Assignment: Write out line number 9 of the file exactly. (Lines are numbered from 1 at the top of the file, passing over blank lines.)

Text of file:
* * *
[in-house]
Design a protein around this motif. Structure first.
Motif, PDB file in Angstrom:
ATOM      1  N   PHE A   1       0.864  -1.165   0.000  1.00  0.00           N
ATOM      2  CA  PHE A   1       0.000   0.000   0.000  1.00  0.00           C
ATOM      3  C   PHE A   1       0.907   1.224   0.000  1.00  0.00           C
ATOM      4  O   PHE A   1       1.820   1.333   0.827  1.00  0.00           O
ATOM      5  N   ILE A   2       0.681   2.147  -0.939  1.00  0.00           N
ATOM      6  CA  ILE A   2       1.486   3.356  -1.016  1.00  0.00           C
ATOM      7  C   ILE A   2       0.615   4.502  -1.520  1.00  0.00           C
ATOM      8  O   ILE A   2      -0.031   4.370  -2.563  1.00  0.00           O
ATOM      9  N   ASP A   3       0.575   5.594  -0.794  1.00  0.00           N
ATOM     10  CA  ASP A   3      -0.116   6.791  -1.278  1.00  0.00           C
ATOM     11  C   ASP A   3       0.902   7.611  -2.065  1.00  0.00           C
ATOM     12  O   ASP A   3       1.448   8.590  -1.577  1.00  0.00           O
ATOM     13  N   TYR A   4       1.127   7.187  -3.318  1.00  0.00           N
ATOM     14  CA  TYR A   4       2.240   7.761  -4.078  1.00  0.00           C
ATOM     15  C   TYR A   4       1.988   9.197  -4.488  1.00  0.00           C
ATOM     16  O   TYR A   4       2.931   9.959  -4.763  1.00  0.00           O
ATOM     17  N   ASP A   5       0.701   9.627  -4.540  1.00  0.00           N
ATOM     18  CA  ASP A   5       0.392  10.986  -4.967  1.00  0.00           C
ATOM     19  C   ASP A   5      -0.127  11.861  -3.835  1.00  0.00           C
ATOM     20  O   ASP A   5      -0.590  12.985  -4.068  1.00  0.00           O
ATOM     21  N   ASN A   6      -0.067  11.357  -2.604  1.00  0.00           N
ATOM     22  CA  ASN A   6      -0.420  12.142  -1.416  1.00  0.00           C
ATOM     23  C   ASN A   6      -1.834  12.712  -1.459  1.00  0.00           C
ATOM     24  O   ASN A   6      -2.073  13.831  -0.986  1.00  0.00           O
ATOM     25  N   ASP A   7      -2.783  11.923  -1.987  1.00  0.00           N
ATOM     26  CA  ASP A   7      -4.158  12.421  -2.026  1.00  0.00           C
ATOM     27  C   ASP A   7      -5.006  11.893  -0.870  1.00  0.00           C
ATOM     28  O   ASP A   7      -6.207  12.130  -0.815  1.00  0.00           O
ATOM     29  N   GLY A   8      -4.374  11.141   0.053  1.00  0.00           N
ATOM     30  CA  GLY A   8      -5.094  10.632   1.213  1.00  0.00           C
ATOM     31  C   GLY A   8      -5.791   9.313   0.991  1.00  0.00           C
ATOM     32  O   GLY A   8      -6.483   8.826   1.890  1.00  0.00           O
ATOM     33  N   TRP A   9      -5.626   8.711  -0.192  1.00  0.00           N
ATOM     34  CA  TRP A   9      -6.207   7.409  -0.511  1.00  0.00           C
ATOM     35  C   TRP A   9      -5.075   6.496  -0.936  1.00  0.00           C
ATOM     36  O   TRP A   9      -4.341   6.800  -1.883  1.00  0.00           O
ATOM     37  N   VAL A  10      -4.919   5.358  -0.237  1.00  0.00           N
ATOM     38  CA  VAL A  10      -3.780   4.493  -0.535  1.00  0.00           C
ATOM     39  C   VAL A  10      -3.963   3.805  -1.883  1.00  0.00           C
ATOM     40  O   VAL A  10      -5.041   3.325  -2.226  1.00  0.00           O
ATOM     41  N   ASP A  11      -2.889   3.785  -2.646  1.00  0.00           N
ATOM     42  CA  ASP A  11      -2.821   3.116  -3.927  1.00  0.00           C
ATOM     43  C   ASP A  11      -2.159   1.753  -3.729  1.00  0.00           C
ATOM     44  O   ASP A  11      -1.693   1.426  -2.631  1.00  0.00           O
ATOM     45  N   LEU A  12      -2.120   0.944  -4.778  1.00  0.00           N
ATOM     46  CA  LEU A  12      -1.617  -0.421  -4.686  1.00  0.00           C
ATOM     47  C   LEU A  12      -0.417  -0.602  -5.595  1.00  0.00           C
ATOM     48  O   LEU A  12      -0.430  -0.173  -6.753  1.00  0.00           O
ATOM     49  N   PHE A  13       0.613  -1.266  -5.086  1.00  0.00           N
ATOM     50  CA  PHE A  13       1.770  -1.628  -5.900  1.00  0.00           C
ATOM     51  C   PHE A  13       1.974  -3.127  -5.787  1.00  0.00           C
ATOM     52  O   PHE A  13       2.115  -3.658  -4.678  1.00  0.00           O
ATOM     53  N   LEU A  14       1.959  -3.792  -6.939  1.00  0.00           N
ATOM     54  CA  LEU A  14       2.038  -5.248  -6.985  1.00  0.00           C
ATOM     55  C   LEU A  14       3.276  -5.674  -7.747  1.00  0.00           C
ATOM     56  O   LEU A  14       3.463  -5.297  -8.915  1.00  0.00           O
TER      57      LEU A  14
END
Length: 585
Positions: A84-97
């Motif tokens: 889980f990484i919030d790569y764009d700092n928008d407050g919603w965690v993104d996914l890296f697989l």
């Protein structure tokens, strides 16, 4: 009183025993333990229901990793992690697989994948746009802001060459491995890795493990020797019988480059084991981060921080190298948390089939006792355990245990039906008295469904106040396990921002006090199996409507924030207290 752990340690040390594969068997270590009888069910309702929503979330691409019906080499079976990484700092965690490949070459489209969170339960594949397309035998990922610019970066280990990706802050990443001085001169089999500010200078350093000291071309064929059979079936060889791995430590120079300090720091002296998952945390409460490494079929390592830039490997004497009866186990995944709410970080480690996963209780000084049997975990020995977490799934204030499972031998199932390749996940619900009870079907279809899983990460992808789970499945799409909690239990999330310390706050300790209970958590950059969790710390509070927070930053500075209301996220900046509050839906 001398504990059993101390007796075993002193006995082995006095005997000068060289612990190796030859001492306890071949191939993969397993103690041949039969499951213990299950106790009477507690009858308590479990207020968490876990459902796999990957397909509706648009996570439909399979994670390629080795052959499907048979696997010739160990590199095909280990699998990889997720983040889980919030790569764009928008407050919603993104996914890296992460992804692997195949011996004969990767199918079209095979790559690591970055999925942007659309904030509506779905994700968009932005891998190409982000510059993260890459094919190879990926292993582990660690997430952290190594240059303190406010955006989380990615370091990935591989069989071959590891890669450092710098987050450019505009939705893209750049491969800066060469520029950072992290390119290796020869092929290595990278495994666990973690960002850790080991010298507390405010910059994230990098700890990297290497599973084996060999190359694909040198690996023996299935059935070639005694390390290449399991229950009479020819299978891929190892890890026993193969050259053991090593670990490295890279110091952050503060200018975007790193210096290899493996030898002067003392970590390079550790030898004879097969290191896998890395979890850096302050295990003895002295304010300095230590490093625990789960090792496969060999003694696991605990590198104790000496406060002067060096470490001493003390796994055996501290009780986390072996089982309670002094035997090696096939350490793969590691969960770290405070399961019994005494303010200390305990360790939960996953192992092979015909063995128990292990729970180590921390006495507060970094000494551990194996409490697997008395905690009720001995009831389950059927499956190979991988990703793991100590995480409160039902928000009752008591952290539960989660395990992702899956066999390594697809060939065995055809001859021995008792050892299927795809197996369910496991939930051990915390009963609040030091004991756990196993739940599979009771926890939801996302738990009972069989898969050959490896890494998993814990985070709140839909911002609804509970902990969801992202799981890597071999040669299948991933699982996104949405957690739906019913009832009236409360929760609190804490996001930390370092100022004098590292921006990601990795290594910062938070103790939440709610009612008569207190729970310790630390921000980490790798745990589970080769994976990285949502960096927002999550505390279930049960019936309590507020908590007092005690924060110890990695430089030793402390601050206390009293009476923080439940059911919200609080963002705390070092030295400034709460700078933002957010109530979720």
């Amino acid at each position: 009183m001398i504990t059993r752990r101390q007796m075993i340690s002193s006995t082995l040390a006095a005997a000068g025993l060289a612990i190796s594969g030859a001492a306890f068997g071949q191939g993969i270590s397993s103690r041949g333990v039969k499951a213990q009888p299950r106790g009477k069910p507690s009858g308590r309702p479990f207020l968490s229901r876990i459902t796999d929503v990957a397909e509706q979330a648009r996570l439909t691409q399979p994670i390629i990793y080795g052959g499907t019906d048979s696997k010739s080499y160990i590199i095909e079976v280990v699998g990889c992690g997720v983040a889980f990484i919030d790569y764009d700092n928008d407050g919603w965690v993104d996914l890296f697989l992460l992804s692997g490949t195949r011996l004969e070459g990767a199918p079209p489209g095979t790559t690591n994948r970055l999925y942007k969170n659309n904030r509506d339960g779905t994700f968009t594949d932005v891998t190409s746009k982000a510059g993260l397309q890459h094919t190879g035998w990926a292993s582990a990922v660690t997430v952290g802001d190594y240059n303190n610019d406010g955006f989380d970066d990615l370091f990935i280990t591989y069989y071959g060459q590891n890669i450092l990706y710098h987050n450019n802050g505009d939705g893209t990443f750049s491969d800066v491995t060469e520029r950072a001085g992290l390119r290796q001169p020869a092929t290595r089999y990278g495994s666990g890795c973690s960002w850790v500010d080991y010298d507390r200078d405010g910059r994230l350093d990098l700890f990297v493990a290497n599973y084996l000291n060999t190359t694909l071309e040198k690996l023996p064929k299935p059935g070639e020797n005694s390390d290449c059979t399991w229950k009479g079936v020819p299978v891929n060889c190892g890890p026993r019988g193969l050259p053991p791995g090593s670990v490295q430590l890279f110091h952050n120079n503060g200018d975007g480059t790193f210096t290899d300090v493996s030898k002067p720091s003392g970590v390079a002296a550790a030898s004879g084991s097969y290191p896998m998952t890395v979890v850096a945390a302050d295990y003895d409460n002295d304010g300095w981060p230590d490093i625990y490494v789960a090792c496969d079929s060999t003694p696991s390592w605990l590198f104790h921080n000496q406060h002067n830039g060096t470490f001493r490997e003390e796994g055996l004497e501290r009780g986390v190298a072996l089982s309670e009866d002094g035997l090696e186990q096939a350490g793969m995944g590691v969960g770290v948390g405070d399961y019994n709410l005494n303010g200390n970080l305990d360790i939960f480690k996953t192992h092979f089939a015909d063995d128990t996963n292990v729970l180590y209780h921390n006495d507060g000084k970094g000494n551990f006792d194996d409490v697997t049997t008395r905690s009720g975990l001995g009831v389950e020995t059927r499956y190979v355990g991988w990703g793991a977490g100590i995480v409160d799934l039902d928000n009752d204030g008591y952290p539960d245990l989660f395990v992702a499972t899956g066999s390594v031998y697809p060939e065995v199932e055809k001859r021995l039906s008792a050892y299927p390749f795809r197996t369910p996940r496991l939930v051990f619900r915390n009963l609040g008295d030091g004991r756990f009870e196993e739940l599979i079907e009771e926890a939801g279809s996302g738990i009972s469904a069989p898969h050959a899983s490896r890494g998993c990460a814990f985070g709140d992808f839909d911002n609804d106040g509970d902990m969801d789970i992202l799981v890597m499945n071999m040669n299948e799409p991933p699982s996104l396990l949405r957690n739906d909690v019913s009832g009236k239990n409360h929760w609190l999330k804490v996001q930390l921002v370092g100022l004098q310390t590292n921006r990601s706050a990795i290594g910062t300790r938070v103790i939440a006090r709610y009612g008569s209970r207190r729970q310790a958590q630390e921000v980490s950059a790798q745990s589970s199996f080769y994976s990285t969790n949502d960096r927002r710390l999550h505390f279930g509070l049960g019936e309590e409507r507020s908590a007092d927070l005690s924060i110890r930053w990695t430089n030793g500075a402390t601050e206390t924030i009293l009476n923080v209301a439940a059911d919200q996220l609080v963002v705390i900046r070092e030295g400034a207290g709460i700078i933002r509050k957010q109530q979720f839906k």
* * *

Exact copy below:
ATOM      6  CA  ILE A   2       1.486   3.356  -1.016  1.00  0.00           C